Monday, January 14, 2008

Pepper Garden 2008

Ok, so first things first. I guess the place to begin would be a plan of attack for this years pepper garden. Mostly hot peppers will be grown. Other plants will include: Sweet peppers, tomatoes, cucumbers, cilantro, most likely some garlic, and other misc herbs. My wife wants to plant pumpkins again this year, but I dunno. They grew so big last year that they took alot of the nutrients from the ground and the other plants suffered.

Anyways, back to the plan. I have roughly 80 different kinds of pepper seeds, so I need to pick 20-30 different kinds to plant. It is important to start pepper plants early since some take as long as 120 days til harvest. My frozen peppers stash is getting smaller, so I am eagar to the process started.
I will also be planting ornamental peppers in the front of the house (where normal people plant flowers). I have about 15 different kinds of ornamental peppers.

I will make sure to post pics with every post. Below I have posted some pics of the last of the pepper stash. Let me know what you think!

Let me know if you would be interested in cayenne seeds. I have lots of them, and will send them to you with SASE!

The mighty cayenne powder! This is the final bottle of powder. I think I will be ok til next harvest.

I liked growing the Hungarian Hot Wax peppers. They were my heaviest producers next to the cayenne peppers. I still have 2 of these bags left.

And last, but certainly not least, the Habanero. I really only had one plant that produced real good. I think I started them too late last year. Oh well, I learned. I will make sure I start tese babies earlier this year.

topic: garden

topic: peppers


Charles said...

Where do you get your pepper seeds (how did you get started).

I see alot of people with dozens and dozens of pepper varieties and have no idea where they get all the different seeds from.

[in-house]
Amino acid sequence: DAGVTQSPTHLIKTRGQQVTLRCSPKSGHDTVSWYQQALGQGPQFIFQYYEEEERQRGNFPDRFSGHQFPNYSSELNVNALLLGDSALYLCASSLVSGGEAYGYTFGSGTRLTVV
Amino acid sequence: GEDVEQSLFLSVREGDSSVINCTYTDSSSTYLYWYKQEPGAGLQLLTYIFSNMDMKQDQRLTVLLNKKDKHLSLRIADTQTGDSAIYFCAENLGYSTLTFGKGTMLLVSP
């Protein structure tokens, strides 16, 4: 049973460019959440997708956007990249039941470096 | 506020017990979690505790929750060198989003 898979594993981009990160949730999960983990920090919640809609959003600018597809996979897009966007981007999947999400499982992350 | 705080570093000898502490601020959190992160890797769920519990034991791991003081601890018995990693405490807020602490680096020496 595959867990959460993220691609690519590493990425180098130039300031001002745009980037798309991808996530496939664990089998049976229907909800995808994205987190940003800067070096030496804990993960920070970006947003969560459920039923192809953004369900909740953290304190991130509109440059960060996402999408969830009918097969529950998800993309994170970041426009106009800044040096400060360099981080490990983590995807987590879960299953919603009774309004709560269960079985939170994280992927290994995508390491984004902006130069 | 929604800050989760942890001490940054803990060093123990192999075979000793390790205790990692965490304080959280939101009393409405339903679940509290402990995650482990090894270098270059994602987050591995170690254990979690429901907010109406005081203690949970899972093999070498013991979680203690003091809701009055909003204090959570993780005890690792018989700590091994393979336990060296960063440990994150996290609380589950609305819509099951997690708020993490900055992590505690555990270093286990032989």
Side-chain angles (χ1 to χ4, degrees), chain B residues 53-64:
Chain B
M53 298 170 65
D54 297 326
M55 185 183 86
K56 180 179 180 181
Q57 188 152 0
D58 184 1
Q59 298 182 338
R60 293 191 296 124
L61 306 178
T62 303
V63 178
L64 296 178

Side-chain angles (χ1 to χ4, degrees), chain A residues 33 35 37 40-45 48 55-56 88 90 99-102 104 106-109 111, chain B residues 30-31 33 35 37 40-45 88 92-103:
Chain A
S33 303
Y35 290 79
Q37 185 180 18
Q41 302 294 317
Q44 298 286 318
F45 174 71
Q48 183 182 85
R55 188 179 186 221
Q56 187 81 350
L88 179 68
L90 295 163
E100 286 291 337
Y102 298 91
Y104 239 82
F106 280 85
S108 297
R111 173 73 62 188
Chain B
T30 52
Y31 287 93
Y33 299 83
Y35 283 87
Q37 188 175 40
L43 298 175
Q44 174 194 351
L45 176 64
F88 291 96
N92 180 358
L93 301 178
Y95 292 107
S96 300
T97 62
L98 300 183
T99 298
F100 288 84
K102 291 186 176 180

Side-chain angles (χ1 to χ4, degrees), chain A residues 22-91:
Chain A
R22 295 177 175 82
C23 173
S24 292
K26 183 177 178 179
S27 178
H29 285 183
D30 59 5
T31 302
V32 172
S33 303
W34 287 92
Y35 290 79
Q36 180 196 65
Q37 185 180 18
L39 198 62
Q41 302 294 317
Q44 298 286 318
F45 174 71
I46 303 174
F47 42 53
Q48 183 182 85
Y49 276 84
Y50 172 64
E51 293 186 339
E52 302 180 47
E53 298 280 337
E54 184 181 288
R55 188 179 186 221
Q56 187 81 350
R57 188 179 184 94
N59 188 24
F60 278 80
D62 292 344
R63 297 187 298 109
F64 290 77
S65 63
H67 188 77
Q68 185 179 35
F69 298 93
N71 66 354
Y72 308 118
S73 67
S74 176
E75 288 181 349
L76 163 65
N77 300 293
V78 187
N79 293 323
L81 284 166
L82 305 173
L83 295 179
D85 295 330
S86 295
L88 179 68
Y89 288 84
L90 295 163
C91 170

Anonymous said...

You are the man Pepper Guy!

Anonymous said...


Anonymous said...

I'm a trained Biologist ( just so you can think that what I say makes sense) -- Plastic -- 99% of solids, and 100% of baggies -- let air in and out. Many chemicals in your peppers are highly reactive to oxygen and some are reactive to light. Glass is better and brown glass is better. An exceptional idea is to get the right sized glass jar, paint it black on the outside, and stencil on, or use your comptuer to make a 'pretty' label that you can attach with a wide piece of 'scotch' or 'strapping' tape. One reason you refrigerate things is to SLOW DOWN the OXIDATION process. This way all you need is a shelf -- Some hardware/plant stores or Farm-Ranch stores have MATCHING bottles of various sizes. If they don't you can probably order some from your local Health Food Store -- it might take a few tries -- but I can get a 1 gallon screw cap jar for (2009) $5.50-$6.50 each, and a sub-pint screw cap jar that matches the gallon one in shape and design for Seventy-five Cents. A two gallon jar is about a dollar more and a three gallon jar is about three dollars more than a gallon jar. Use some paraffin on the threads of the jar and lid, or some teflon tape like you'd use for a water pipe to keep it air tight -- the worst enemy of spices is light, heat, and air. But one reason heat's not good is because it speeds up the reaction with oxygen. For some specimens I'll use a double valve system that screws into the lid -- a ball valve that allows nitrogen to go in, and a ball valve that lets the oxygen out when it's pressurizing -- cost: about $2 each plus you tank of nitrogen, a very small tank like you see people carry on wheels will RENT for about $1-$2 a month and the original cost is about $20 including a 3 month rental and a full tank of gas. THAT is going a bit far, but if you keep your jars about half way up the wall on a shelf using the top shelves for things you use far more of - like flours, corn meals, sugars, rices and beans and mixes of the same -- you shouldn't have much trouble with your peppers being fresh after two years or longer -- just make sure you paint the jars black and use the right sized jar -- so when you get your gallon jar half done -- switch to a half gallon jar - there is less oxygen to mess with the oils on the peppers.